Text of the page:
A sev'ral sin to ev'ry sense,
    But felt through all this fleshly dress
    Bright shoots of everlastingness.
    O how I long to travel back
    And tread again that ancient track!
    That I might once more reach that plain,
    Where first I left my glorious train,
    From whence th'enlightened spirit sees
    That shady city of palm trees;
    But (ah!) my soul with too much stay
    Is drunk, and staggers in the way.
    Some men a forward motion love,
    But I by backward steps would move,
    And when this dust falls to the urn
    In that state I came return.

    Henry Vaughan

The Morning Watch

    O JOYS! Infinite sweetness! with what flowers,
    And shoots of glory, my soul breaks, and buds!
    All the long hours
    Of night, and rest
    Through the still shrouds
    Of sleep, and clouds,
    This dew fell on my breast;
    O how it bloods,
    And spirits all my earth! hark! In what rings,
    And hymning circulations the quick world
    Awakes, and sings;
    The rising winds,
    And fallings springs,
    Birds, beasts, all things
    Adore him in their kinds.
    Thus all is hurl'd
    In sacr'd hymns, and order, the great chime
    And symphony of nature. Prayer is
    The world in tune,
    A spirit-voice,
    And vocal joys
    Whose echo is heav'n's bliss.
    O let me climb
    When I lie down! The pious soul by night
    Is like a clouded star, whose beams though said
    To shed their light
    Under some cloud
    Yet are above,
    And shine, and move
    Beyond that misty shroud.
    So in my bed
    That curtain'd grave, though sleep, like ashes hide
    My lamp, and life, both shall in thee abide.

    Henry Vaughan

The World


    I SAW Eternity the other night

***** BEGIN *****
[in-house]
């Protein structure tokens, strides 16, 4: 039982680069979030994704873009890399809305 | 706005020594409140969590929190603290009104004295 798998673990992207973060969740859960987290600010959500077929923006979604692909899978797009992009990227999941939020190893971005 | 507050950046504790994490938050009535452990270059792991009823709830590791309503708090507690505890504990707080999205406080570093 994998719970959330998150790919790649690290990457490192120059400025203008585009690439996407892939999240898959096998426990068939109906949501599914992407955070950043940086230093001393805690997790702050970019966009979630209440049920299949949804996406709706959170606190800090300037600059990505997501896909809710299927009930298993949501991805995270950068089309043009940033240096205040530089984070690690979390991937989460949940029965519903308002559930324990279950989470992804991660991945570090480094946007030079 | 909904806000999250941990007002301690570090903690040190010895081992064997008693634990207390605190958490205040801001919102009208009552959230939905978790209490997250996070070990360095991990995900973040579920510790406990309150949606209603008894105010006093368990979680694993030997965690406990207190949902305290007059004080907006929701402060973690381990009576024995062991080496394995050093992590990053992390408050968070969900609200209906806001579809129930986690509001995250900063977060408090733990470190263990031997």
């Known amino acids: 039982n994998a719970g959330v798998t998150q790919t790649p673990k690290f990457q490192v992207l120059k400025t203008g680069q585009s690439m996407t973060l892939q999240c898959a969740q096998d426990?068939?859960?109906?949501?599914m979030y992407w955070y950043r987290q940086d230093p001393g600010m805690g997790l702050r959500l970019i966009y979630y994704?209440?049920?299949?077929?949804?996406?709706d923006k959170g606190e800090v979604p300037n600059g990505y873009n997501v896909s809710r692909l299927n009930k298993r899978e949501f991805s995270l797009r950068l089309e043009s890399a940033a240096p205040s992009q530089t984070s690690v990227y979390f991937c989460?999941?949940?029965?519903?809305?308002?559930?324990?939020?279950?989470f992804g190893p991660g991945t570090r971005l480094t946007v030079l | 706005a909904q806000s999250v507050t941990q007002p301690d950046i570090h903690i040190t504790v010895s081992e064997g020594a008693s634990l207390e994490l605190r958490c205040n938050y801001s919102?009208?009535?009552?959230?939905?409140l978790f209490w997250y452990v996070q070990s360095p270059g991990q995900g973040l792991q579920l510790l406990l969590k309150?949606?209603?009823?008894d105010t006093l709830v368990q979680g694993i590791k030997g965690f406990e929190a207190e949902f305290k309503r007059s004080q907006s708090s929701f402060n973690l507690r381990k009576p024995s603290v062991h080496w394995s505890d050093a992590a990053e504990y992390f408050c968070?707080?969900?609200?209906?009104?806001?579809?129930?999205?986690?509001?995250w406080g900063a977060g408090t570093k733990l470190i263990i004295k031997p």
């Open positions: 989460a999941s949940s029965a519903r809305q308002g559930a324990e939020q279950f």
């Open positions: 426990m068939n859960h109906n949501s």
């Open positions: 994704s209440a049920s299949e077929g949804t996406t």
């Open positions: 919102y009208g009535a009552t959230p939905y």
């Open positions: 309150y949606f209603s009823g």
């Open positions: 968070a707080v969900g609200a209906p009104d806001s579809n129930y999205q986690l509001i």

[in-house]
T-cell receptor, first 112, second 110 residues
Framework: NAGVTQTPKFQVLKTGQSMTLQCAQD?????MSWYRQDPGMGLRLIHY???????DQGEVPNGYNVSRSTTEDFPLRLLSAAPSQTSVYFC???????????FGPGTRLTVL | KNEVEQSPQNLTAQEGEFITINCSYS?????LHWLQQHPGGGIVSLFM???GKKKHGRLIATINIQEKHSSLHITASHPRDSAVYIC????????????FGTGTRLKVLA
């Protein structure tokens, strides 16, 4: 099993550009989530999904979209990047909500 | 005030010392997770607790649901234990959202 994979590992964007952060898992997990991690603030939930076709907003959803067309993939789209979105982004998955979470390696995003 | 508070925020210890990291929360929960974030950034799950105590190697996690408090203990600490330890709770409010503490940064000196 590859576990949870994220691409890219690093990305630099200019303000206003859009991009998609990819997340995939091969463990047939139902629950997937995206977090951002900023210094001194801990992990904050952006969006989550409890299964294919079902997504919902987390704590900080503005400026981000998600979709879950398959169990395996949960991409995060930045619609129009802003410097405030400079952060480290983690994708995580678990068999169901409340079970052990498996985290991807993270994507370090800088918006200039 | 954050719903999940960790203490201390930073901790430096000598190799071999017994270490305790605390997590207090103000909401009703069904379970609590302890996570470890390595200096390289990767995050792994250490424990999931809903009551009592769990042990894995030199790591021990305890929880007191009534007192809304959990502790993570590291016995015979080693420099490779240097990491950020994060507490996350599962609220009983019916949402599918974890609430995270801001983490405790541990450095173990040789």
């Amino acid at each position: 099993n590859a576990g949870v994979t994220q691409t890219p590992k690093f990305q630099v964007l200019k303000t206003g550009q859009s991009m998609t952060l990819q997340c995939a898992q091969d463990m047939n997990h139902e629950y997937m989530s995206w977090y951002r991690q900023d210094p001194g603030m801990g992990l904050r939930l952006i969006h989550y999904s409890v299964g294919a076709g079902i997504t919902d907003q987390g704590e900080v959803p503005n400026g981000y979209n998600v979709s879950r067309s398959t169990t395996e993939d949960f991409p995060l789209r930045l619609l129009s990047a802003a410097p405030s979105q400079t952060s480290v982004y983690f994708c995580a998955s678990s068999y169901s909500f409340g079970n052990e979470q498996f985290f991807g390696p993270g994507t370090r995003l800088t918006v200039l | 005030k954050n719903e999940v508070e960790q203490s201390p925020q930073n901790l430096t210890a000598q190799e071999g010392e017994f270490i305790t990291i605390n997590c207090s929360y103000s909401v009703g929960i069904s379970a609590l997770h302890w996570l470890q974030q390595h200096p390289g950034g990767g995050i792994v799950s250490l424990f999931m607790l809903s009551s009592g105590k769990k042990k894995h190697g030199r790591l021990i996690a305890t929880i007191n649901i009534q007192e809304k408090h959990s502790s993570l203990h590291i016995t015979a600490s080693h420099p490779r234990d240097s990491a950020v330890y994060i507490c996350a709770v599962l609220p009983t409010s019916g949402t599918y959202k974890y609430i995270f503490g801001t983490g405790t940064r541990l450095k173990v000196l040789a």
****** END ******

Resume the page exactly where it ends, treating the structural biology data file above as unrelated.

Like a great Ring of pure and endless light,
    All calm, as it was bright,
    And round beneath it, Time is hours, days, years
    Driven by the spheres
    Like a vast shadow mov'd, in which the world
    And all her train were hurl'd;
    The doting lover in his quaintest strain
    Did there complain,
    Near him, his lute, his fancy, and his flights,
    Wit's sour delights,
    With gloves, and knots the silly snares of pleasure
    Yet his dear treasure
    All scatter'd lay, while he his eyes did pour
    Upon a flower.


    The darksome statesman hung with weights and woe
    Like a thick midnight fog mov'd there so slow
    He did nor stay, nor go;
    Condemning thoughts (like sad eclipses) scowl
    Upon his soul,
    And clouds of crying witnesses without
    Pursued him with one shout.
    Yet digg'd the mole, and lest his ways be found
    Work'd under ground,
    Where he did clutch his prey, but one did see
    That policy,
    Churches and altars fed him, perjuries
    Were gnats and flies,
    It rain'd about him blood and tears, but he
    Drank them as free.


    The fearful miser on a heap of rust
    Sat pining all his life there, did scarce trust
    His own hands with the dust,
    But would not place one piece above, but lives
    In fear of thieves.
    Thousands there were as frantic as himself
    And hugg'd each one his pelf,
    The downright epicure plac'd heav'n in sense
    And scorn'd pretnece
    While others slipt into a wide excess
    Said little less;
    The weaker sort slight, trivial wares enslave
    Who think them brave,
    And poor, despised Truth sat counting by
    Their victory.


    Yet some, who all this while did weep and sing,
    And sing, and weep, soar'd up into the Ring,
    But most would use no wing.
    O fools (said I,) thus to prefer dark night